“You’re right, sir, for on the face of it Jerusalem is for the Jews what London is for the British,” says British Lieutenant Ivor Horowitz in Mr. Mani, widely seen as the greatest work by novelist A.B. Yehoshua, who died this week at 85.
Horowitz, a British military attorney out to undo the death verdict of convicted spy Yosef Mani, then explains to Col. Michael Woodhouse what Jerusalem – where the two officers emerge along with the victorious British army – means for the Jews.
“In London’s East End you will find more Jews than in this entire country, but that is only because the Englishman doesn’t know how to carry London in his heart, for it is too heavy… but the Jew knows how to carry Jerusalem in his heart and roam the world, and the more Jerusalem’s carriers grow in number, so Jerusalem becomes lighter in weight.”*
It was, in a nutshell, what Yehoshua’s career was all about: some 30 novels, novellas, plays, essay collections and also two children’s books that blended literary imagination and historical curiosity with national soul-searching, Zionist zeal, and quest for peace.
In Mr. Mani (1992) Yehoshua penned an excavating dynamic built on five monologues, each unveiling a different Mani while retreating in time from a southern kibbutz in 1982 through a Greek island under Nazi occupation in 1942 to a rabbi’s deathbed in 1848 Athens.
Obsessed all his life with the Jewish people, the Jewish state, and the two’s place in the Middle East, Yehoshua imagined in that work a Jew’s attempt in 1918 to convince Palestinian villagers to demand their own Balfour Declaration. Had partition happened that way, as a grassroots joint venture, “a Jewish state would have been established before the Holocaust and we could have saved at least a million Jews,” Yehoshua told Haaretz last fall.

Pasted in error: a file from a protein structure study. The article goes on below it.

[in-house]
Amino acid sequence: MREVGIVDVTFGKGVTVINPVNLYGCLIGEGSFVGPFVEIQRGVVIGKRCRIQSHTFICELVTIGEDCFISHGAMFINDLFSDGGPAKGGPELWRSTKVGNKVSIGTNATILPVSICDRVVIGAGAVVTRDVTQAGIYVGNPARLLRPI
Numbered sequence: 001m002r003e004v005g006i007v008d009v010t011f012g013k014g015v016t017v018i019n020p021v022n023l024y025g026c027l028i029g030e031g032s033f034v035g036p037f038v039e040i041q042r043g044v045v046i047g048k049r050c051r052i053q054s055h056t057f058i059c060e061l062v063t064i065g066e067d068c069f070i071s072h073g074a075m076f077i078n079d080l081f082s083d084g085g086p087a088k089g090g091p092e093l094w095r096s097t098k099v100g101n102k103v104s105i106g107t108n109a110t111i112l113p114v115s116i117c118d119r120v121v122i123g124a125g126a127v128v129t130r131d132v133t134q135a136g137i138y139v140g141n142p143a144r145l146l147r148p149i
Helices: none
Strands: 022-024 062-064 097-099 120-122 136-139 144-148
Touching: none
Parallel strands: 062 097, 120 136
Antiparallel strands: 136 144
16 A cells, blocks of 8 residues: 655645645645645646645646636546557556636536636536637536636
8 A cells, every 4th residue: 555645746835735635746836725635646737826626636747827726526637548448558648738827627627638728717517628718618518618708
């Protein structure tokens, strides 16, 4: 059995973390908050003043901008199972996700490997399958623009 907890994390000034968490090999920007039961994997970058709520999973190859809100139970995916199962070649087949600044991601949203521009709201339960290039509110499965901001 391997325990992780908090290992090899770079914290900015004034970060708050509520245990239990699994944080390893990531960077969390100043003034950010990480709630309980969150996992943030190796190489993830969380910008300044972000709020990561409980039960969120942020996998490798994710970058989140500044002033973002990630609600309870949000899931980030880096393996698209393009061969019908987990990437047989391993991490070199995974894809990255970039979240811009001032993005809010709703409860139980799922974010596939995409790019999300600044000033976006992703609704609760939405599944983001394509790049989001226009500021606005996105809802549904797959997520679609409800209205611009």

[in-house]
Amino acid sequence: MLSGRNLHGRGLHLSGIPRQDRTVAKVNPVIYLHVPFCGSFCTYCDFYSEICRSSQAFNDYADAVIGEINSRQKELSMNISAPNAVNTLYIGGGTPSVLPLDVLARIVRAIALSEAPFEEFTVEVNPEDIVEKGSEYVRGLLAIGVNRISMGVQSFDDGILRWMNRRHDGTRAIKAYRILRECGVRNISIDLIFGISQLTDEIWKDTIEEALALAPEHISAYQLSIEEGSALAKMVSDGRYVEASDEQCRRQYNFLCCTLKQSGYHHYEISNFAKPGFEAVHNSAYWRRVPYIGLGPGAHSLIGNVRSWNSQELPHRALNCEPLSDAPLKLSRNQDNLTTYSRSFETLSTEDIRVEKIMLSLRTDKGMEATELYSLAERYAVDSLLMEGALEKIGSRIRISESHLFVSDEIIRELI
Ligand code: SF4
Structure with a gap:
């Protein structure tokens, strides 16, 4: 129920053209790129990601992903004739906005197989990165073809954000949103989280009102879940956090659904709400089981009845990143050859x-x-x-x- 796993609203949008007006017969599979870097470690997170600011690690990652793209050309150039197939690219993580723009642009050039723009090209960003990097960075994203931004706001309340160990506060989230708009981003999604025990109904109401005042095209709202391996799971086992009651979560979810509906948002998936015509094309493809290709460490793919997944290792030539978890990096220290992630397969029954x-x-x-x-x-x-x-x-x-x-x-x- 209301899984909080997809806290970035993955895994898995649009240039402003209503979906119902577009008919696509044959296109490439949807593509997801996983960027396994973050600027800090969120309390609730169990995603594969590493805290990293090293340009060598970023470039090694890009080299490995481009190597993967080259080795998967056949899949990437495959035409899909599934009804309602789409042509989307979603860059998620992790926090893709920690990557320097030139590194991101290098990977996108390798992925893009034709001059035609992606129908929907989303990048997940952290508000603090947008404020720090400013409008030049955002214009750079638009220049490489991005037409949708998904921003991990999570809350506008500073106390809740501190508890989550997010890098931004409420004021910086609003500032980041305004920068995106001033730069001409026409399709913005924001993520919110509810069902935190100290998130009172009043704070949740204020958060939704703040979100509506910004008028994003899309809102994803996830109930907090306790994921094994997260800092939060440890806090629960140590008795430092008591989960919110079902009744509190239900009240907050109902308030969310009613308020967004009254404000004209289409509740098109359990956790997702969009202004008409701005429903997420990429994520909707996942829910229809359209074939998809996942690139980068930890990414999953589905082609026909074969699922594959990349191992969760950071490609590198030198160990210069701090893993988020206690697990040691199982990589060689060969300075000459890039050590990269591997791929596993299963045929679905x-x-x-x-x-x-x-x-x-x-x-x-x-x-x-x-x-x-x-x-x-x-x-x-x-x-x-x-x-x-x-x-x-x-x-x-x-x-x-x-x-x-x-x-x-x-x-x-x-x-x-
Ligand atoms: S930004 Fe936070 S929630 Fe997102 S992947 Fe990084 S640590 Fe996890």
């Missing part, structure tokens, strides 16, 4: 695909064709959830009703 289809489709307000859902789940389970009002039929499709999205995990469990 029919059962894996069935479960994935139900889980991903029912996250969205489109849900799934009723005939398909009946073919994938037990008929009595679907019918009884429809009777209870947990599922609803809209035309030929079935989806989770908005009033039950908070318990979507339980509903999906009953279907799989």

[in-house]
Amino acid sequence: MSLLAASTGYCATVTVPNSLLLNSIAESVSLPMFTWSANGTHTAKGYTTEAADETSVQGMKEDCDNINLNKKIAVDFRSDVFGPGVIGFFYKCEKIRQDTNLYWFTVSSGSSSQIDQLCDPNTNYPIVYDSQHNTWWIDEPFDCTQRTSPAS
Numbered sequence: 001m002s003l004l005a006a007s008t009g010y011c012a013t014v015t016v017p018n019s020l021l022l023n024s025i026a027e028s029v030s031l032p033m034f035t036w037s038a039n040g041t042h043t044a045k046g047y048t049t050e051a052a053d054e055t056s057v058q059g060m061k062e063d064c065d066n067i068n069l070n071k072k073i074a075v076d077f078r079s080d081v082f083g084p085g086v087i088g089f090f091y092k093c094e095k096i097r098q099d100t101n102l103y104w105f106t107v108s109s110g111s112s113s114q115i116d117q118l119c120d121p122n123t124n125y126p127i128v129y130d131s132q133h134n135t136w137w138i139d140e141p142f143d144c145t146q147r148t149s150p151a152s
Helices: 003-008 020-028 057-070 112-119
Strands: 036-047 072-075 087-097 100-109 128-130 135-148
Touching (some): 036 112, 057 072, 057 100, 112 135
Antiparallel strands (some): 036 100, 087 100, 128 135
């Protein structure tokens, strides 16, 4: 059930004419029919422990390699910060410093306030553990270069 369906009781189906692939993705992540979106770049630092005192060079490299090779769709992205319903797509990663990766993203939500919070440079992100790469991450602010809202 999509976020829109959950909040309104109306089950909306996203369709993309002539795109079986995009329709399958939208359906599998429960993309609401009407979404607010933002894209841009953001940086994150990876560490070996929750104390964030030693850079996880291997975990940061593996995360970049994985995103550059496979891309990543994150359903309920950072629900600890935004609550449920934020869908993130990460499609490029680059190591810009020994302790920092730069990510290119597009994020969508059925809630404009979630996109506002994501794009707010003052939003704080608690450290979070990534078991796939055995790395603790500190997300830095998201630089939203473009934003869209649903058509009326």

The “we” in that statement was part of Yehoshua’s personality, discourse and work, all of which were unapologetically national. This doesn’t mean he was impersonal; on the contrary.
IRONICALLY NICKNAMED, “Buli,” Yehoshua was as affable, humble and outgoing as only a few people, let alone celebrities, ordinarily are. On Fridays, he would call newly published writers whose works impressed him and personally complimented them and encouraged them to write more. Some he invited to his house for free conversations about books, writers, politics, ideas, family and whatnot.
He hid nothing.
He spoke openly about his loneliness since his beloved wife Ika’s death in 2016, about his battle with cancer, and about his complacency in the face of death’s rapid approach.
A former IDF paratrooper, Yehoshua’s choice of topics traced the Israeli experience as it evolved since the Yom Kippur War.
His groundbreaking The Lover (1977) humanized the Arab in our midst, a garage worker named Naim who falls for his boss’s daughter. Two decades later, Yehoshua’s Open Heart (1996) followed surgeon Benjamin Rubin’s arrival in India to bring home his hospital director’s gravely ill daughter. While there, like the contemporary generation of Israeli backpackers, Rubin is transfixed by India’s magic.